COUNCILLOR Shona Johnstone has resigned after less than six months as leader of Cambridgeshire County Council after admitting making an inappropriate telephone call to a candidate to succeed Ian Stewart as the council s chief executive. Following the ca
COUNCILLOR Shona Johnstone has resigned after less than six months as leader of Cambridgeshire County Council after admitting making an "inappropriate" telephone call to a candidate to succeed Ian Stewart as the council's chief executive.
Following the call, the candidate, Mark Lloyd, chief executive of Durham County Council, decided not to accept the new job.
Cllr Johnstone will be replaced as caretaker leader by Councillor Keith Walters, from Sawtry, who led the council for 10 years until succeeded by Cllr Johnstone on May 15. Technically, his appointment will need the council's formal endorsement at its meeting on December 11. He is also chairman of the Cambridgeshire Police Authority.
Cllr Johnstone said her decision was "in the best interests of the County Council and its services".
She added: "I think that the row over the appointment of a new chief executive has been blown out of all proportion by some councillors.
"I accept that I made one inappropriate phone call, but it was driven entirely by my desire to get the best possible candidate to work with me and the council's cabinet to deliver top quality, value for money services for the people of Cambridgeshire.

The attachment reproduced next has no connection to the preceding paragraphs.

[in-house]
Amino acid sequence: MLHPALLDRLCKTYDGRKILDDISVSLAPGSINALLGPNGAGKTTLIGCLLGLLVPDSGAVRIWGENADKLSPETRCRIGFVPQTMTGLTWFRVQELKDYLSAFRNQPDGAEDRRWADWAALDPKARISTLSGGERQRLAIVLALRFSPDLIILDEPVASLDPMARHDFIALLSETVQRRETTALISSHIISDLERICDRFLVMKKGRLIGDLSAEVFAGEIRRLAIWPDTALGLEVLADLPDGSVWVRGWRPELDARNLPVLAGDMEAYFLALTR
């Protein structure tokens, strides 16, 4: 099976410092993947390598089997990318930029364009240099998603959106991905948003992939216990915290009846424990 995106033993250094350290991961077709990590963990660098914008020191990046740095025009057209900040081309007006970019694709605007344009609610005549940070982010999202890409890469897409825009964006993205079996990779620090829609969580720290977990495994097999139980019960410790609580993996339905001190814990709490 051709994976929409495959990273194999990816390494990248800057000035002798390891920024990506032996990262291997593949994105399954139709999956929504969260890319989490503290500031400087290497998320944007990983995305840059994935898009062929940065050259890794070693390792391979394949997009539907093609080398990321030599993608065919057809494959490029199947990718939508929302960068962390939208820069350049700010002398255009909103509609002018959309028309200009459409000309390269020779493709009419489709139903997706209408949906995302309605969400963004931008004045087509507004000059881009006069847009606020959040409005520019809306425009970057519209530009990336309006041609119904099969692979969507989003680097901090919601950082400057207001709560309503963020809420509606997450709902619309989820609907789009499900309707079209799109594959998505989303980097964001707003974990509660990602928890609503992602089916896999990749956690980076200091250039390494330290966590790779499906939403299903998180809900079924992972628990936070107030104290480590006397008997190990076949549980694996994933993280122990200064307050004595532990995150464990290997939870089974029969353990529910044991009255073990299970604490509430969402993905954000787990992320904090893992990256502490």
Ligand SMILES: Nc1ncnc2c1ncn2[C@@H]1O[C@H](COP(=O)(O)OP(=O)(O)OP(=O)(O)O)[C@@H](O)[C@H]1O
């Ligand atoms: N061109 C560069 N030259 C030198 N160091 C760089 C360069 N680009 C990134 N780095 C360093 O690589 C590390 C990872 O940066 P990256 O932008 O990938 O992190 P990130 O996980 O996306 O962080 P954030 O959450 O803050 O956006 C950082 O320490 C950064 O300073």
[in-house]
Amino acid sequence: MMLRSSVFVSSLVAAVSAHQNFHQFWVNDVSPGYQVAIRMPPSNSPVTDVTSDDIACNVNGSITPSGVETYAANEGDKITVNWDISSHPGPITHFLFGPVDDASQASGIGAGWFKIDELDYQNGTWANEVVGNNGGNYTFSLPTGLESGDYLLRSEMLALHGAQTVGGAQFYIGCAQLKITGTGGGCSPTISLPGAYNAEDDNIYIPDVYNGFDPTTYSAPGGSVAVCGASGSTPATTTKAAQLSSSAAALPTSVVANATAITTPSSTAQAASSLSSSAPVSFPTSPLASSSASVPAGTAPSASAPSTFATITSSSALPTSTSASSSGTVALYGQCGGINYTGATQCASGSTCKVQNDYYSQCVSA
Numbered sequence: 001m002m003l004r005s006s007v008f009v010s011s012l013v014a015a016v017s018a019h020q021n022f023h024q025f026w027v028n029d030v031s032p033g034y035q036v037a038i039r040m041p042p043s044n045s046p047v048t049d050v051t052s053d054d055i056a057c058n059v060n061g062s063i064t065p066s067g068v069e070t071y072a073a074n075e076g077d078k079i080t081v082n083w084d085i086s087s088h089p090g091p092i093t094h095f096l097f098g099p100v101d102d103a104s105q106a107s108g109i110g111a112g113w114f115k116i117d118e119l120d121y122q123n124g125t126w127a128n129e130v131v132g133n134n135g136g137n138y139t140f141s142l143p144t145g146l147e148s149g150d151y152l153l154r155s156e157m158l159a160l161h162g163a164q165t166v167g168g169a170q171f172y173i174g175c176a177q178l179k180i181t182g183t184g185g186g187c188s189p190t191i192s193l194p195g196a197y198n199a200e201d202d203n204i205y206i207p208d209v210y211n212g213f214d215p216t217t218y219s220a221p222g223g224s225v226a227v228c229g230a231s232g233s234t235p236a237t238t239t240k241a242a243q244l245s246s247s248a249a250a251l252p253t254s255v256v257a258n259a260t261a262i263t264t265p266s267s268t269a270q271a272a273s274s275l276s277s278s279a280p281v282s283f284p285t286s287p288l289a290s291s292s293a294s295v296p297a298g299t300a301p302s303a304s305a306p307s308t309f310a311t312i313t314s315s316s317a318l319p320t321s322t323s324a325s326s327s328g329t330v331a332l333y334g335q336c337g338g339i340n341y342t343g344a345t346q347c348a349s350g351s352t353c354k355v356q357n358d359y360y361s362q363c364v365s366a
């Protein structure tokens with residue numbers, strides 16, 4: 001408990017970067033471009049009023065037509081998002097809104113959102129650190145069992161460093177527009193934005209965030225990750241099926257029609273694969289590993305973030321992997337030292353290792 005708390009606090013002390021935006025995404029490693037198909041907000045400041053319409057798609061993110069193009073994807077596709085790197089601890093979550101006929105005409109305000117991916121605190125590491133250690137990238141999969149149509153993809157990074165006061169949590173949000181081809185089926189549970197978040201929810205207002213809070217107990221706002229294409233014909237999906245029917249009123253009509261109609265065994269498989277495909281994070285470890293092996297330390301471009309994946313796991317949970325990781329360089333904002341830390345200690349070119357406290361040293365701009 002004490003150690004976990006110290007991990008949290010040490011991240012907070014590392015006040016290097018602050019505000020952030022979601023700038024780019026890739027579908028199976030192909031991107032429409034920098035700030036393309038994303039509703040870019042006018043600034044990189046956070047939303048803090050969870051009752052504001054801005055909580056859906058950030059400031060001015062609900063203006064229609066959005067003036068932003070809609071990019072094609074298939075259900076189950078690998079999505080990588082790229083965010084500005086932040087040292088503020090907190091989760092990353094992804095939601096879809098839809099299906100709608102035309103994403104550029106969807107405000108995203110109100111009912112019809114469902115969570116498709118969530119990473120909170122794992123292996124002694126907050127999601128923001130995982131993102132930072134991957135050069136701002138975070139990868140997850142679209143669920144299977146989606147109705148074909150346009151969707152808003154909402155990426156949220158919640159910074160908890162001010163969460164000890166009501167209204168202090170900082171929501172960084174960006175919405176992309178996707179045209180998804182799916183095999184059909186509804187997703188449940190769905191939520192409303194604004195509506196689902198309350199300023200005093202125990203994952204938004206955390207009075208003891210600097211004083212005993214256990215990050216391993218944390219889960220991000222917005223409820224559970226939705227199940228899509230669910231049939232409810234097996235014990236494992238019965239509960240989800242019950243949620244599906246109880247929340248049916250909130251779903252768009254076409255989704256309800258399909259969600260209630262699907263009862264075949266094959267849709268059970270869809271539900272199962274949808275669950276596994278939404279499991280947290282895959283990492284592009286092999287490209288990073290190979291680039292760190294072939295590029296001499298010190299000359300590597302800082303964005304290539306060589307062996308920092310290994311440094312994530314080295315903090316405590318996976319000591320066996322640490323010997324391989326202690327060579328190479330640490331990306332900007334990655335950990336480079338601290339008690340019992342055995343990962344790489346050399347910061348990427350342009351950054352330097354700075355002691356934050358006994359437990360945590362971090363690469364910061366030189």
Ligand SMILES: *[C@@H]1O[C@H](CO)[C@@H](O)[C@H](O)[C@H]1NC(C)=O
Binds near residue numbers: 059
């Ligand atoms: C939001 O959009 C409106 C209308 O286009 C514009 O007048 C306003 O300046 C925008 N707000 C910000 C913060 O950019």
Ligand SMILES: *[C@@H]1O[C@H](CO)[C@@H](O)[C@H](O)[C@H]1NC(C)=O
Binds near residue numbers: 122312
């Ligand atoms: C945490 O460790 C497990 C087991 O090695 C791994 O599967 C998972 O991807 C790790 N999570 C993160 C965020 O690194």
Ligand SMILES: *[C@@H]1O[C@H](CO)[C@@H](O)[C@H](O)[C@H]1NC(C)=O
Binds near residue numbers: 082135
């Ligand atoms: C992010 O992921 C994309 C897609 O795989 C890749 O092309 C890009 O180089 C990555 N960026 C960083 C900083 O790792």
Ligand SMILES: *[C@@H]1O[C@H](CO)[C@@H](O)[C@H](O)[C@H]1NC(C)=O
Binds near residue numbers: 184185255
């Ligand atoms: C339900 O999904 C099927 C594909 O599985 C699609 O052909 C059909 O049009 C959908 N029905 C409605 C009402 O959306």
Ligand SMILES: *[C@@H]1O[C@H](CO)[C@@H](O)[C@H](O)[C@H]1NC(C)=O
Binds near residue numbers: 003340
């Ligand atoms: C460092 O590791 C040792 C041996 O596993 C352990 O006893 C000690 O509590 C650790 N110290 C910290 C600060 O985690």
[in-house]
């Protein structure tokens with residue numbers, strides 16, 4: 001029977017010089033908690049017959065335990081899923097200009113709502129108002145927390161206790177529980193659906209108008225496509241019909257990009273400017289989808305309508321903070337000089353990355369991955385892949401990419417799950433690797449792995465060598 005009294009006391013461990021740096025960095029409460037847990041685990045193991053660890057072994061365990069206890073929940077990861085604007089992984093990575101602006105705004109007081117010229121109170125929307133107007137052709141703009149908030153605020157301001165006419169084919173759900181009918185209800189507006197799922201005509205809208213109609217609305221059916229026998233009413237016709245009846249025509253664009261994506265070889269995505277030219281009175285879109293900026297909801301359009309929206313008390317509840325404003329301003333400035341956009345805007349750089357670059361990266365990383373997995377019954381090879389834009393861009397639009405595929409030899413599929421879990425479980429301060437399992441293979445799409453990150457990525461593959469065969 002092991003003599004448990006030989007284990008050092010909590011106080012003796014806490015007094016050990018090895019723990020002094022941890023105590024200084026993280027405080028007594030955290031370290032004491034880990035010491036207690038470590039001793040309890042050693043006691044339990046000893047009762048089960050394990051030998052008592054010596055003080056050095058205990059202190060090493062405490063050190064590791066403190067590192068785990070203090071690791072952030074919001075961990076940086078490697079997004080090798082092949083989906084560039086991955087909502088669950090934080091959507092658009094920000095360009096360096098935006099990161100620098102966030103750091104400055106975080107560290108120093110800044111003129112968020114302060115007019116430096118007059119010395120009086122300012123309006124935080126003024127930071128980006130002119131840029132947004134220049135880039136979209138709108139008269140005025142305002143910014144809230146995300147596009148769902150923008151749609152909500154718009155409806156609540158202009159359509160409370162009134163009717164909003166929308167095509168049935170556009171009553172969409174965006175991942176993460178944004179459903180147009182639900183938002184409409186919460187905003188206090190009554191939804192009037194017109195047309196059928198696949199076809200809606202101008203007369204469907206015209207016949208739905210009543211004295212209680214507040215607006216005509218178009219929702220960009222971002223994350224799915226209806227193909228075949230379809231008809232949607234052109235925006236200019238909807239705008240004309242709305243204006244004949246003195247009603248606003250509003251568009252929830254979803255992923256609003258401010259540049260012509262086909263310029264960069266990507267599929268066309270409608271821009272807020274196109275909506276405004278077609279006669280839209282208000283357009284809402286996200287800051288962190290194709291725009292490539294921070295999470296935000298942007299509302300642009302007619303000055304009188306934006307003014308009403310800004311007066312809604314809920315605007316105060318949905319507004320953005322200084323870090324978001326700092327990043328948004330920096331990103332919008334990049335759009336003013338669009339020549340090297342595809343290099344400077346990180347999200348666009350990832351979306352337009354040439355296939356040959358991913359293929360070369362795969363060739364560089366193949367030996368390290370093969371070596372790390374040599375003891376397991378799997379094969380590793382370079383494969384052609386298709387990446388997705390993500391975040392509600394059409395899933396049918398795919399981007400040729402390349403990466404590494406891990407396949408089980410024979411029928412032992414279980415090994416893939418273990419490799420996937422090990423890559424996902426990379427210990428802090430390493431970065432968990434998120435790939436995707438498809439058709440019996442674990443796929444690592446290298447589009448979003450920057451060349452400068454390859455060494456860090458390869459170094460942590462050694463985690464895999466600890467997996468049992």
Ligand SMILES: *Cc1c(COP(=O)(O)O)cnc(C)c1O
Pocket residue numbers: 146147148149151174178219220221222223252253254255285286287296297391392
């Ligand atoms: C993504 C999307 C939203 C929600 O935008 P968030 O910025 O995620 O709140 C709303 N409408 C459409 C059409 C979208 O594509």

"As in any large organisation, the relationship between the leader or chairman and the chief executive is very important. If that relationship fails, then it usually means the organisation fails. That concern was my sole motive for making that phone call.
"I must emphasise that at no point, did I ask the candidate to withdraw.
"I accept that on this one occasion I made an error of judgement in contacting the candidate directly. For that reason, and for that reason alone, I am now resigning as council leader."
She will remain as a county councillor representing the needs of residents within her Willingham division.
Cllr Johnstone told The Hunts Post: “I hope I can continue to make a contribution from the back benches. There’s a huge amount going on in Cambridgeshire and, if there’s any way I can help to support that work, I want to do so.
“But I’m disappointed that I let people down, and I hope I can learn from my mistake.”
The former Home Office civil servant admitted that divisions in the ruling Conservative group about congestion charging in Cambridge city could have contributed to the way the crisis had unfolded. As many as half the 40-odd Tories on the council are reportedly opposed or uncommitted.
“The Transport Innovation Fund (the Government fund from which the county is bidding for £500million to compensate for road pricing in the city) has been quite divisive, but it was absolutely right to get people to debate the issues. It’s very easy to put your head in the sand and hope congestion will go away. It won’t, and we have to face up to some potentially unpleasant decisions.
“It would be naïve of me to say the two things were not connected.”